The East Asia Pacific region has the world’s highest level of female labour participation although more can be done to close the gender disparity gap, according to a report by the World Bank.
Titled “Toward Gender Equality in East Asia and the Pacific”, the report said that 70% of women in East Asia are involved in economic activities. This is partly attributed to the influx of foreign investment in export-oriented, labour-intensive industries that have created rapid growth in the region in the last three decades.
"Export-oriented manufacturing has provided opportunities throughout South-East Asia for women's increased employment in the formal sector at higher and more regular wages," said Andrew Mason, chief author of the World Bank's report.
The region's "favourable endowments" also contributed to the high female labour force participation rate, said co-author Reena Badiani. "There are high levels of education, low levels of fertility and also favourable social norms towards women working," she said.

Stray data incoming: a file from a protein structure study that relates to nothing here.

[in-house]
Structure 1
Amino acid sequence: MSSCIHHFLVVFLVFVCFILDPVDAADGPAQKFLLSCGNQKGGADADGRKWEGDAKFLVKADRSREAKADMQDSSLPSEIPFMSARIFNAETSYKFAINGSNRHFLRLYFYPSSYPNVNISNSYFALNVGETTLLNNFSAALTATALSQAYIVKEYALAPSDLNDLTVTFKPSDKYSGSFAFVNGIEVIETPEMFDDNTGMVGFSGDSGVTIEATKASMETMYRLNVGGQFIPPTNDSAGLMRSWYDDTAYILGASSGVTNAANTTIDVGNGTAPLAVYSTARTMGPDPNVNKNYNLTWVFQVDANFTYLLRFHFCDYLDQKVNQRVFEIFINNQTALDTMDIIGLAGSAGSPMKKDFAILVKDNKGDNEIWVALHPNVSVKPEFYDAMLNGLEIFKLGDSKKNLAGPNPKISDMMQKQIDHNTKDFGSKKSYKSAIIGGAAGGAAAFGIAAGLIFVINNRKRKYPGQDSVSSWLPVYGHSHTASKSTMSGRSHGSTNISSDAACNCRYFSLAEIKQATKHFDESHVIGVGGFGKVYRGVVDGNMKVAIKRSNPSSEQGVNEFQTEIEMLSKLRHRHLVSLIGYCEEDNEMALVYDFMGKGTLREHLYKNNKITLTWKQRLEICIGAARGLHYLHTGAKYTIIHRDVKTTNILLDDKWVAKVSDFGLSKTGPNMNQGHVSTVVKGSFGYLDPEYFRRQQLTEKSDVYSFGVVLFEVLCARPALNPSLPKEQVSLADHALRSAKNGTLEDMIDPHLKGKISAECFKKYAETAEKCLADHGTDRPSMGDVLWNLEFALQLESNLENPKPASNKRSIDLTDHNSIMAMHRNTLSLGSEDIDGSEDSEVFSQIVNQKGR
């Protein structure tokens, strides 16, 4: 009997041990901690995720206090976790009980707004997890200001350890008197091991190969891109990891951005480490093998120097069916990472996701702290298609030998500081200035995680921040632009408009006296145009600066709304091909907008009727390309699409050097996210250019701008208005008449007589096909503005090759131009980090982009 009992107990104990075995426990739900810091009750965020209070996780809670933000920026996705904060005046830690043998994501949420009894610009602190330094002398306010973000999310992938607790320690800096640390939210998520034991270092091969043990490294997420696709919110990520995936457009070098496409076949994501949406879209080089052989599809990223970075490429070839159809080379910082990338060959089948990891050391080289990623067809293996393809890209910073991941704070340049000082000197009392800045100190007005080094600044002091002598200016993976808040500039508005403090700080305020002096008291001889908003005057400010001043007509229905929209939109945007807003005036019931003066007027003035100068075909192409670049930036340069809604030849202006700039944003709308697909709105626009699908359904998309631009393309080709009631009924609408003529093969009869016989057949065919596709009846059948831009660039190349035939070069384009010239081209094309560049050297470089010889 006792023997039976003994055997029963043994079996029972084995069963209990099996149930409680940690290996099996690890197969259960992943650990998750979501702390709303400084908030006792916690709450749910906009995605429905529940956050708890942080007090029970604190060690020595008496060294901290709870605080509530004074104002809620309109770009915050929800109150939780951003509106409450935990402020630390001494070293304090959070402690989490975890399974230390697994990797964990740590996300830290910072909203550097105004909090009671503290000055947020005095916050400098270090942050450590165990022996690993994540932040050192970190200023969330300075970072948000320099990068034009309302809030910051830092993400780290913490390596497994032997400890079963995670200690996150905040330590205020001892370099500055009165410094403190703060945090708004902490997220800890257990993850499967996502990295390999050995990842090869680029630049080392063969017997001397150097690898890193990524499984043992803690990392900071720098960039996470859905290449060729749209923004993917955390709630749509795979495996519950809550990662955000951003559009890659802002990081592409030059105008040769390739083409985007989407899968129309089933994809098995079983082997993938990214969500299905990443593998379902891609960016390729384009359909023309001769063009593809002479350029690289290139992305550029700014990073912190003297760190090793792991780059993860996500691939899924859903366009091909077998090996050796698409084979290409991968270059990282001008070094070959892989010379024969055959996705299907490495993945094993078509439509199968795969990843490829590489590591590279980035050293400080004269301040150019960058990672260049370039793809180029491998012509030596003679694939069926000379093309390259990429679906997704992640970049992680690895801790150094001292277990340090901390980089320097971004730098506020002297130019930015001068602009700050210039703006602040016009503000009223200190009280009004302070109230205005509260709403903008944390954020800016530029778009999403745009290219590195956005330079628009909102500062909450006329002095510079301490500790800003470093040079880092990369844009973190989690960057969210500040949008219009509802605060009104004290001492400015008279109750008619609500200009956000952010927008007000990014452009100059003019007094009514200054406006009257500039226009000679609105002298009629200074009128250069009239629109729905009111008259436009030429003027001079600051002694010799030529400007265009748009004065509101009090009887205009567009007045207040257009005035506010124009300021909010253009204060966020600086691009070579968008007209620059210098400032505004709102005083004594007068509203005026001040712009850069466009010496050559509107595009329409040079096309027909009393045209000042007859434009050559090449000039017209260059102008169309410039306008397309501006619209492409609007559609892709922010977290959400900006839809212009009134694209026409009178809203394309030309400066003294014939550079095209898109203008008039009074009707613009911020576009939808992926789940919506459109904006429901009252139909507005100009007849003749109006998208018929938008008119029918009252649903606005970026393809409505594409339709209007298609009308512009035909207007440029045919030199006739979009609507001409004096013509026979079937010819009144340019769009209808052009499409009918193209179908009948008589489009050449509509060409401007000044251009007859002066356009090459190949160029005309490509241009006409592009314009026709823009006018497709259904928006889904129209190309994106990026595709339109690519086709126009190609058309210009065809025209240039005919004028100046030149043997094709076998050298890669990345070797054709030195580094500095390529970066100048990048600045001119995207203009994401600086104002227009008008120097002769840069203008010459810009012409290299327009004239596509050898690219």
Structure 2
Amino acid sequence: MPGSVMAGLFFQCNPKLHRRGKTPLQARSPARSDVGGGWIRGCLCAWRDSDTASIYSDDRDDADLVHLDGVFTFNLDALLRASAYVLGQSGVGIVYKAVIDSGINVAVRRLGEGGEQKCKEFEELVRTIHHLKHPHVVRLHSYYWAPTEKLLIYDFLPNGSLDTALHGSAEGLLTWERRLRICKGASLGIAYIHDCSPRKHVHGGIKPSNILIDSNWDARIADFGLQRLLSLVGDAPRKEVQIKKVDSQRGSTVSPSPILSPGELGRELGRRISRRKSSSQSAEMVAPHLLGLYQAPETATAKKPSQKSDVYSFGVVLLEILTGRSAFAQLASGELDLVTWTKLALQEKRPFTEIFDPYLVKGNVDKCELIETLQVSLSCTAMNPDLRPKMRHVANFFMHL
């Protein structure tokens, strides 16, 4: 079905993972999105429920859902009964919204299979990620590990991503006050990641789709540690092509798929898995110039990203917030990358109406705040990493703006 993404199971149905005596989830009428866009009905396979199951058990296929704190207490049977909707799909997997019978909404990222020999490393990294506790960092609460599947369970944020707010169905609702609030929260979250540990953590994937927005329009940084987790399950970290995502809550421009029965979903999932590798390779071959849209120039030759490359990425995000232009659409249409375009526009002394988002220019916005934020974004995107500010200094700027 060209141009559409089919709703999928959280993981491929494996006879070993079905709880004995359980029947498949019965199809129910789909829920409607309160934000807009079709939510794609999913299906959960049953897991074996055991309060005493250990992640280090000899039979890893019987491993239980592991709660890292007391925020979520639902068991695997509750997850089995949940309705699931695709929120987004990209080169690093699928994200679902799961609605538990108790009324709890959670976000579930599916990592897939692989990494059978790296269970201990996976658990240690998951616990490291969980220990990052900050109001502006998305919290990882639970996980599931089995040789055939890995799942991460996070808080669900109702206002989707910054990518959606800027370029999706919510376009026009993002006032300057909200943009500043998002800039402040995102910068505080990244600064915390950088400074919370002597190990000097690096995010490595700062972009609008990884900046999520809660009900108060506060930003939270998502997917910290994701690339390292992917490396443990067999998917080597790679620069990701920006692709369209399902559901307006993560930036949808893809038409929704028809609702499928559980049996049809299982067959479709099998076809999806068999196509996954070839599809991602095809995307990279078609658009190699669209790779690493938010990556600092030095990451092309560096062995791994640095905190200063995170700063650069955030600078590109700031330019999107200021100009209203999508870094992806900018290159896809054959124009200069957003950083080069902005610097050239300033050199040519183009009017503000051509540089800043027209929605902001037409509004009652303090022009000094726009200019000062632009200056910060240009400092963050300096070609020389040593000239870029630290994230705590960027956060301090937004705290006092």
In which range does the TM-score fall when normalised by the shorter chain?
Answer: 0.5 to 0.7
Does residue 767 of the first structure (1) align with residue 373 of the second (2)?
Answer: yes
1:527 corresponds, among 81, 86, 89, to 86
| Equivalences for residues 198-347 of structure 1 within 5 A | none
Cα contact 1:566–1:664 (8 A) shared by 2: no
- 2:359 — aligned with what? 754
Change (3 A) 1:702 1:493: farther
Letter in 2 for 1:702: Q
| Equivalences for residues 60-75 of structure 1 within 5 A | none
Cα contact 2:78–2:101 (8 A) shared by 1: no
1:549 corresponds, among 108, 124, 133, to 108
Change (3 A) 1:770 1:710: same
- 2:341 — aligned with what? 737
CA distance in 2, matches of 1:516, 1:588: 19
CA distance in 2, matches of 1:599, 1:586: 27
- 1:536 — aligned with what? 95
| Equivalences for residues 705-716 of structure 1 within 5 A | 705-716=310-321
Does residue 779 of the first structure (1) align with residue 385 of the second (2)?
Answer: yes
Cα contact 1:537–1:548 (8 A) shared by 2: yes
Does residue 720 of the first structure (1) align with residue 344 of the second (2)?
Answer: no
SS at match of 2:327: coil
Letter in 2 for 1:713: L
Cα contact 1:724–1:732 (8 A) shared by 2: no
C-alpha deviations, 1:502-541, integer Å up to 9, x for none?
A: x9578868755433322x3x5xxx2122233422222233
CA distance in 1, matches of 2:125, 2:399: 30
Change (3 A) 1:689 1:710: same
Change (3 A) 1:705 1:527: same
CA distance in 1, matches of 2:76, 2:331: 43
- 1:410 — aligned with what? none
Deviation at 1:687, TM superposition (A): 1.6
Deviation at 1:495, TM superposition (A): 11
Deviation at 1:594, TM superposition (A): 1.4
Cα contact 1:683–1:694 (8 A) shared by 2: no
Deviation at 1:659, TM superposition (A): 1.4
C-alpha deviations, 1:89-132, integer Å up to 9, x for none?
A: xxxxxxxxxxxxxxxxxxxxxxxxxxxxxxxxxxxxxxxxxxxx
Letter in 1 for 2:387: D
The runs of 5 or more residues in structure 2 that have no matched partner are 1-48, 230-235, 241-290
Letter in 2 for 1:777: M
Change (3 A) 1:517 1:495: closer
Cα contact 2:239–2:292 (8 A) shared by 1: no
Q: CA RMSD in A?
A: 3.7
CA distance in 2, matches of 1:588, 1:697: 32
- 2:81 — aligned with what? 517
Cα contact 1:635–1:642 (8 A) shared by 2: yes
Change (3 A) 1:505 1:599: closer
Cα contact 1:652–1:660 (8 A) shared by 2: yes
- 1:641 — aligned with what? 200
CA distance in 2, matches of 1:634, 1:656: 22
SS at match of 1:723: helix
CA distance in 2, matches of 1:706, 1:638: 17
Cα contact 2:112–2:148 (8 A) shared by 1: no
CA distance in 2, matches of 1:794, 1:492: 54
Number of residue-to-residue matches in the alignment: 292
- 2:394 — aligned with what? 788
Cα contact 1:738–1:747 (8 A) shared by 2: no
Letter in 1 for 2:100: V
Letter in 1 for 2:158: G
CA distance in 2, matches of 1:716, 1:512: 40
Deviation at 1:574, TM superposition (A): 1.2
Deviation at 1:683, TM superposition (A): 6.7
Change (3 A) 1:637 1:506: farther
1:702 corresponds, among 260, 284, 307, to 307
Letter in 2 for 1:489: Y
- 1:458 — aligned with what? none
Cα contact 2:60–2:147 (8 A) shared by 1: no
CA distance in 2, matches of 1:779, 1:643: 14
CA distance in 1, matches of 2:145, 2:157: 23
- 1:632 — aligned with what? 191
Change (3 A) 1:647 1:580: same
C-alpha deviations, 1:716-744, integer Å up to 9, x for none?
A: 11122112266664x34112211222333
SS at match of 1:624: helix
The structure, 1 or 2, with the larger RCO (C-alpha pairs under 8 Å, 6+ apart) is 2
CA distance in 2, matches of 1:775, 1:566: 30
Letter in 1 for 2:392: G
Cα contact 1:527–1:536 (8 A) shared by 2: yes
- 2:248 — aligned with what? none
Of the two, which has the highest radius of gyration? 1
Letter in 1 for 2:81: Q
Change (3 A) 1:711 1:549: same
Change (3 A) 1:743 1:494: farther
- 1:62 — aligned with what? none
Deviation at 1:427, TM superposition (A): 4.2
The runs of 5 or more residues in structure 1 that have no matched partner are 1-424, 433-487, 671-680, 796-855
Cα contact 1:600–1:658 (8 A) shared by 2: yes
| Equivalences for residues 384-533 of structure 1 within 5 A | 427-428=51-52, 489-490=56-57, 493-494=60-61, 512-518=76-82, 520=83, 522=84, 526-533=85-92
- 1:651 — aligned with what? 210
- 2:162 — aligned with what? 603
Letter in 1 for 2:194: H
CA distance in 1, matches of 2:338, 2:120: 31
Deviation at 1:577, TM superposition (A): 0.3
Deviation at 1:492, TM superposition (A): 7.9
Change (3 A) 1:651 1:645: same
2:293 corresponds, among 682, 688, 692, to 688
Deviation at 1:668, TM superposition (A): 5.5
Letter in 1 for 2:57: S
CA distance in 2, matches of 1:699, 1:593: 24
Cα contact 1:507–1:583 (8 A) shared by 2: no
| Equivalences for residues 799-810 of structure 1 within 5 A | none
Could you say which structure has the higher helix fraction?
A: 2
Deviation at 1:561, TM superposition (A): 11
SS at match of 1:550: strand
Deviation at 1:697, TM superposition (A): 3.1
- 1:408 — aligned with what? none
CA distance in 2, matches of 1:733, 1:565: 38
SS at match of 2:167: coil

The report also said that improving women’s access to jobs and economic opportunity could significantly boost productivity in the region.
“Eliminating inequality of opportunity in economic participation could increase worker productivity in the region by seven to 18%. This has large implications for economic growth and poverty reduction. So, women’s economic empowerment is not only the right thing to do; it’s the smart thing to do,” noted Pamela Cox, the World Bank’s East Asia Pacific Vice President.
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